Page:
Imperfect Competition (1): Monopoly

  • Jack Harvey


In Chapter 11 we stated the assumptions of perfect competition and examined their implications. What happens if any of these assumptions is broken? For instance:
  1. (i)

    A seller may be so large that the quantity he supplies affects the price. Similarly, a large buyer may affect the price by the quantity he demands.

  1. (ii)

    Products may not be homogeneous, because product differentiation or goodwill allows a producer to raise his price somewhat while still retaining some customers.

  1. (iii)

    Lack of knowledge, barriers to entry or immobility of factors of production result in imperfect elasticity of demand or supply. Consumers, for instance, may not have complete knowledge of prices ruling elsewhere — as, for example, in retail markets. Thus sellers can raise their prices without losing all their custom. Similarly, there may not be free movement into the industry. This may arise when again outside firms do not have complete knowledge of the profits being made by existing firms. Or entry may be legally prohibited or made impossible by the inability to obtain essential factors of production. In such cases, existing firms can combine to exert some control over the market supply.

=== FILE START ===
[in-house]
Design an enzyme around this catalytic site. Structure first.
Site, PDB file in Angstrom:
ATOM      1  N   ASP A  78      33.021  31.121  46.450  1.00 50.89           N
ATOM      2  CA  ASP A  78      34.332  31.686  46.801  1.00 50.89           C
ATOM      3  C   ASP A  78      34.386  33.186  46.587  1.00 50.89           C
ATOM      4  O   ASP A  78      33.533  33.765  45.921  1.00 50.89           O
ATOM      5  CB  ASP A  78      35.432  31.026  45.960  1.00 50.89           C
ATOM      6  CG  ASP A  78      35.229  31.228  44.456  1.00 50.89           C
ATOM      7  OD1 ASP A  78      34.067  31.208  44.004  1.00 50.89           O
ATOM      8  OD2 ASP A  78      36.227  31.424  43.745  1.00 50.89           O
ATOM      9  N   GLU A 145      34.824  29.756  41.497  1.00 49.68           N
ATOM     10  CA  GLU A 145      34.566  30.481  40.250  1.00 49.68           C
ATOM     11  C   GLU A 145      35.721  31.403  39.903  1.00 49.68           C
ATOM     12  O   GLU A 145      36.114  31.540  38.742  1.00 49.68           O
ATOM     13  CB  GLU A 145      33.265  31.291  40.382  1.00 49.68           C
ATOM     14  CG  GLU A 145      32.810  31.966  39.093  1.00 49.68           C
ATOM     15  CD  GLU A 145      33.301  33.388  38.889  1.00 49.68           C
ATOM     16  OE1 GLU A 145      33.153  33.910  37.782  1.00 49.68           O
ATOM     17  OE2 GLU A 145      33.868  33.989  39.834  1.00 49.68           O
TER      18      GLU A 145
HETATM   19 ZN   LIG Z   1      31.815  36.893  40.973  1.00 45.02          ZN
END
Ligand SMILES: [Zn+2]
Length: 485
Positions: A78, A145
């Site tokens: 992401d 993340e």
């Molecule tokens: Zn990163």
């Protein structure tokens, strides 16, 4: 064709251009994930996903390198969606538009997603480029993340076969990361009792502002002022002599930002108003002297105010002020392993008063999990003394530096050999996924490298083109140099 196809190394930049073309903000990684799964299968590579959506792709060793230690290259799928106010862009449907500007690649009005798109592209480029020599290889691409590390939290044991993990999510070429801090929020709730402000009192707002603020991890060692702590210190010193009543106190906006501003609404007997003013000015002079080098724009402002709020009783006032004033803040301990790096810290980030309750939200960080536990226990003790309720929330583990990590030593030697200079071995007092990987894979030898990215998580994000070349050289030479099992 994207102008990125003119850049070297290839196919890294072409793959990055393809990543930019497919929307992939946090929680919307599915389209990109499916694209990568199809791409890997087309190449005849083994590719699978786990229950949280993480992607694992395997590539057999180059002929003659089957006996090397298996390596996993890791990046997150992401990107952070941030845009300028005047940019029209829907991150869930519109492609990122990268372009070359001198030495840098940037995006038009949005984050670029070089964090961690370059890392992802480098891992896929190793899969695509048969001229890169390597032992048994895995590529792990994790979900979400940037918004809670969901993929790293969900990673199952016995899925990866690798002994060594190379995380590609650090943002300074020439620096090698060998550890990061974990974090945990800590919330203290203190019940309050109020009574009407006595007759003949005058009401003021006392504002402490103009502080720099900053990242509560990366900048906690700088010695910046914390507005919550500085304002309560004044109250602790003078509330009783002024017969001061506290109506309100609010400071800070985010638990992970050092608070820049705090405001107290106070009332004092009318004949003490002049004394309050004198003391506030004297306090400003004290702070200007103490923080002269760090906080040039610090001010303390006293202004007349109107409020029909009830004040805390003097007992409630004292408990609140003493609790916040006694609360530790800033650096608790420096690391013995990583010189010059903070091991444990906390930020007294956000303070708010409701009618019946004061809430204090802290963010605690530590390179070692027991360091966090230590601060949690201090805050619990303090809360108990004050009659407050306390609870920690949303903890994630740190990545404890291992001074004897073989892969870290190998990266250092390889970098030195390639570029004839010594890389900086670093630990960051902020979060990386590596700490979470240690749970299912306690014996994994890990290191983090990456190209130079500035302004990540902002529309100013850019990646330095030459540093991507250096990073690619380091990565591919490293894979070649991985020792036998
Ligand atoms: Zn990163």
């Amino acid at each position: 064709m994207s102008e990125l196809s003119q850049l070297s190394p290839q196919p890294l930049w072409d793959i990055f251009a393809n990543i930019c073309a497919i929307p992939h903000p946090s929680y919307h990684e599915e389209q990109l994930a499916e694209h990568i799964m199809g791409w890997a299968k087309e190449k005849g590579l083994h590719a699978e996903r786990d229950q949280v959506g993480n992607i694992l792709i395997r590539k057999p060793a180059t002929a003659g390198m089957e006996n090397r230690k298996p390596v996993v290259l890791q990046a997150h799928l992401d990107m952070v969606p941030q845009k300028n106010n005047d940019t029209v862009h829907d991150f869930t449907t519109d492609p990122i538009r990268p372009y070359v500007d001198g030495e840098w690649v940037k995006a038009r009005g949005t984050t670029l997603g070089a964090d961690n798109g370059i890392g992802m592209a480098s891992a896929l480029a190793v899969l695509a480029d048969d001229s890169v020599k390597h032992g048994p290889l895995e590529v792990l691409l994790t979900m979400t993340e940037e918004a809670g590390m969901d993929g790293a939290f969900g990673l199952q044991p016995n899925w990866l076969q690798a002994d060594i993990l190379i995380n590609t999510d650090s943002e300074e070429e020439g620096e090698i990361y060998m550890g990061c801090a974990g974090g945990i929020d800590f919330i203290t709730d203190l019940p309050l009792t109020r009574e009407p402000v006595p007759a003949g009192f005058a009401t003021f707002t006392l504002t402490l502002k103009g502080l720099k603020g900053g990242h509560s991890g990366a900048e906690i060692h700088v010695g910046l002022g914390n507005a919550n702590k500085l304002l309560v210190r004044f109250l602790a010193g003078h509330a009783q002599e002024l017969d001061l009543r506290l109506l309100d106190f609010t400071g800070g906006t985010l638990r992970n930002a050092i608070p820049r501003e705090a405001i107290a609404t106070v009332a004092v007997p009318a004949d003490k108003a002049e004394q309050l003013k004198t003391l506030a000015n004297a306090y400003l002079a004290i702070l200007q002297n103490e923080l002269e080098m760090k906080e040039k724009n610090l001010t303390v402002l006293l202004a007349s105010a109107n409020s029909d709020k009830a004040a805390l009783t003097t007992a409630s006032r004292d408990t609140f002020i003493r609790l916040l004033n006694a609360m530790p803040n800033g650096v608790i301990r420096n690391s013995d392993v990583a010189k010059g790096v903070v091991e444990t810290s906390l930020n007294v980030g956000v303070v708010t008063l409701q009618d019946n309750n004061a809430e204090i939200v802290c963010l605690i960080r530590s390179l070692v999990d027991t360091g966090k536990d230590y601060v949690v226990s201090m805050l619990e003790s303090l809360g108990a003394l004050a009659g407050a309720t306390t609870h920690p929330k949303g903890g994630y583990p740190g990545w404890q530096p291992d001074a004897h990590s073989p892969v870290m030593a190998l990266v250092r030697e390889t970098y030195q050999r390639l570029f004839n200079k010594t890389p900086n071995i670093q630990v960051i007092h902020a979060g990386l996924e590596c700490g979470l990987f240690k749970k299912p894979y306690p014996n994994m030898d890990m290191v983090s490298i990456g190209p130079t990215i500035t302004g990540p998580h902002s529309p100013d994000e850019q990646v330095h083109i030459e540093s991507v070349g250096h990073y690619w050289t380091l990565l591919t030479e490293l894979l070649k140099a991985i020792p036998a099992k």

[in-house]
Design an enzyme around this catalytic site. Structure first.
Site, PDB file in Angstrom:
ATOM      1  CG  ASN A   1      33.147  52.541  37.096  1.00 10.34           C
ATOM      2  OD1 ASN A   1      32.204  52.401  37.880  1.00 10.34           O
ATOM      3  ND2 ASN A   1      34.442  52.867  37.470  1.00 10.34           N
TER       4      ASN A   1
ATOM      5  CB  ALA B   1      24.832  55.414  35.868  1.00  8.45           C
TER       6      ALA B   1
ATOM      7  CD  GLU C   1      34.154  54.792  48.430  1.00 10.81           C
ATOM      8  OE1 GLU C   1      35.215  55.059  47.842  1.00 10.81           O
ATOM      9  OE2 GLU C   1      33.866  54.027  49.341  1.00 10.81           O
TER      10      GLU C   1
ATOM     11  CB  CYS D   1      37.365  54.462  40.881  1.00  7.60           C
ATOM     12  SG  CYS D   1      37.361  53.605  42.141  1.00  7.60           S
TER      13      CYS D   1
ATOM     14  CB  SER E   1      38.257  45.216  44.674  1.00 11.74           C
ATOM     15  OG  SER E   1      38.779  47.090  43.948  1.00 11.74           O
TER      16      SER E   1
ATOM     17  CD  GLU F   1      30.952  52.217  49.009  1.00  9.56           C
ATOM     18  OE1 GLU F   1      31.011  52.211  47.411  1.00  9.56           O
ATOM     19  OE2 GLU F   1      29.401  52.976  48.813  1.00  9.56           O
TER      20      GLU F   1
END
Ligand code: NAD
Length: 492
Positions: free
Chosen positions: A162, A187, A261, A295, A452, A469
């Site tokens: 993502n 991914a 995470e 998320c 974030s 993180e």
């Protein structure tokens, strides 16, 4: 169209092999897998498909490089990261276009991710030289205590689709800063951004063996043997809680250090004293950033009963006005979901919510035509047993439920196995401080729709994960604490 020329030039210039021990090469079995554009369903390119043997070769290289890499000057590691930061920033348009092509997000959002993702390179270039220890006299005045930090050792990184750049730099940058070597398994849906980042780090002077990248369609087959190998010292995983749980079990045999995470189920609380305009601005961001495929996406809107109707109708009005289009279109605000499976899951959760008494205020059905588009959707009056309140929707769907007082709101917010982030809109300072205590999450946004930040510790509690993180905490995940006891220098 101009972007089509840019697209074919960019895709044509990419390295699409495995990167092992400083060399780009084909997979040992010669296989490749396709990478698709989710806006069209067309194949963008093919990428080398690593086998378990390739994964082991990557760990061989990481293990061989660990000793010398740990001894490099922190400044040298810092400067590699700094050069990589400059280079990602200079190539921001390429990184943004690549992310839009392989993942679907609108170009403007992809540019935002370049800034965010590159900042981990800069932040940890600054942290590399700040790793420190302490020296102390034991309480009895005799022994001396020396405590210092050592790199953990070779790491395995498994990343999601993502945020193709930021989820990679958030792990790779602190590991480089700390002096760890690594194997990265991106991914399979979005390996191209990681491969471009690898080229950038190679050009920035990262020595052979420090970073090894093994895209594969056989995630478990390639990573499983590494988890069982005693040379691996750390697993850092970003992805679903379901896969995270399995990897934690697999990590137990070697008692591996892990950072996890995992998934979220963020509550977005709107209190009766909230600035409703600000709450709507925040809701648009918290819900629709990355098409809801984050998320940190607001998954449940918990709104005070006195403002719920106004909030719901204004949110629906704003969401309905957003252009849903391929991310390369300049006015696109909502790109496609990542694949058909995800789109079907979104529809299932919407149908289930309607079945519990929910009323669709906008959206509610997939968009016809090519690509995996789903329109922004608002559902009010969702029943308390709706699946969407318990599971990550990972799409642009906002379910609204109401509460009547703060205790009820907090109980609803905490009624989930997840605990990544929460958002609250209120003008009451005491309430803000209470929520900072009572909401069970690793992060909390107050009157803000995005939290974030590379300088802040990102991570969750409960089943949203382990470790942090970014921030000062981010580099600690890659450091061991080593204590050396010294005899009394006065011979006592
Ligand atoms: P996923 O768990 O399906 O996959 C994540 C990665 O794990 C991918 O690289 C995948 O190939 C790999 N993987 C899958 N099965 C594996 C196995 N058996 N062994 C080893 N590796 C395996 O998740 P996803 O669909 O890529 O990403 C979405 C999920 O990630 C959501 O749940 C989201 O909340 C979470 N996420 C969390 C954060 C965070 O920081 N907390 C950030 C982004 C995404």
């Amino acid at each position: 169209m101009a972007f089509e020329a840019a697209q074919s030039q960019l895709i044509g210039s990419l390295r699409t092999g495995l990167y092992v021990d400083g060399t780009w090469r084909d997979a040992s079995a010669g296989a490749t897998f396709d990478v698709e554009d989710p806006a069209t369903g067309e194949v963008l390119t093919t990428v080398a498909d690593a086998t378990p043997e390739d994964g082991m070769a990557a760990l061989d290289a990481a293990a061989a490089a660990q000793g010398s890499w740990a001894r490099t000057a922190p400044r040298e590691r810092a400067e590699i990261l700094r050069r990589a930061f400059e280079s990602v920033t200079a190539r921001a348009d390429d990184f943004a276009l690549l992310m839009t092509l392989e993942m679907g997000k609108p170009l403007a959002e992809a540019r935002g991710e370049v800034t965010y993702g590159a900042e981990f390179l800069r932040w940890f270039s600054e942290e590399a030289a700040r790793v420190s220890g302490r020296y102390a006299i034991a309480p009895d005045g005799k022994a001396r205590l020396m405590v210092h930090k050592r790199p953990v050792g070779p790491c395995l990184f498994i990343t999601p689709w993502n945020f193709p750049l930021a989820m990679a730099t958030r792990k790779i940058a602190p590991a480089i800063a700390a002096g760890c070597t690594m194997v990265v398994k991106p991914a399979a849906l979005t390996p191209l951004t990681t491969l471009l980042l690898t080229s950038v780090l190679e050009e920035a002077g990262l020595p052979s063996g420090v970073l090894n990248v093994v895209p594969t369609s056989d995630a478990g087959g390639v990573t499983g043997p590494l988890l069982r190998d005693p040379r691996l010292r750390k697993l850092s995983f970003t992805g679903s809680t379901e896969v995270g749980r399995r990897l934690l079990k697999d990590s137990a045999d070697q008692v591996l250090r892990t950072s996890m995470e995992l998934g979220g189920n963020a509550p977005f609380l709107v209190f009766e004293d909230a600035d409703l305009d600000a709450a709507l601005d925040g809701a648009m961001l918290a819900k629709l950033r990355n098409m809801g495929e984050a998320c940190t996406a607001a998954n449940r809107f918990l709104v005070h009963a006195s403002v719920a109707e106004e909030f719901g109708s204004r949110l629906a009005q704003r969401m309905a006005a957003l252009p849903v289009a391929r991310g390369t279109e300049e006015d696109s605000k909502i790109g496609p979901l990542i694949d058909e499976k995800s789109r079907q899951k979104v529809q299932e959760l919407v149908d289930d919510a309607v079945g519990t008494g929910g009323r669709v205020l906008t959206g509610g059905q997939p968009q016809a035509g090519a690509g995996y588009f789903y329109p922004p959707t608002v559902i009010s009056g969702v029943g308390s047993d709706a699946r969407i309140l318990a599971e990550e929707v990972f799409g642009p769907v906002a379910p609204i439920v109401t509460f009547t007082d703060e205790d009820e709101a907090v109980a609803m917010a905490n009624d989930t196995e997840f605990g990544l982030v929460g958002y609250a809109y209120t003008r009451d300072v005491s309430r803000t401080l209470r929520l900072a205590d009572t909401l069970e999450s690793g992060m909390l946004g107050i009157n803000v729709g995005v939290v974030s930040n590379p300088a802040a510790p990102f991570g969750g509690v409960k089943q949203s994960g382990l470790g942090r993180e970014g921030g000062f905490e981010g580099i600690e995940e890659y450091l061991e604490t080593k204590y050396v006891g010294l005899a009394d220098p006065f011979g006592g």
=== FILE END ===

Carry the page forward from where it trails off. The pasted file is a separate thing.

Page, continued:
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Copyright information

© J. Harvey 1991

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  • Jack Harvey

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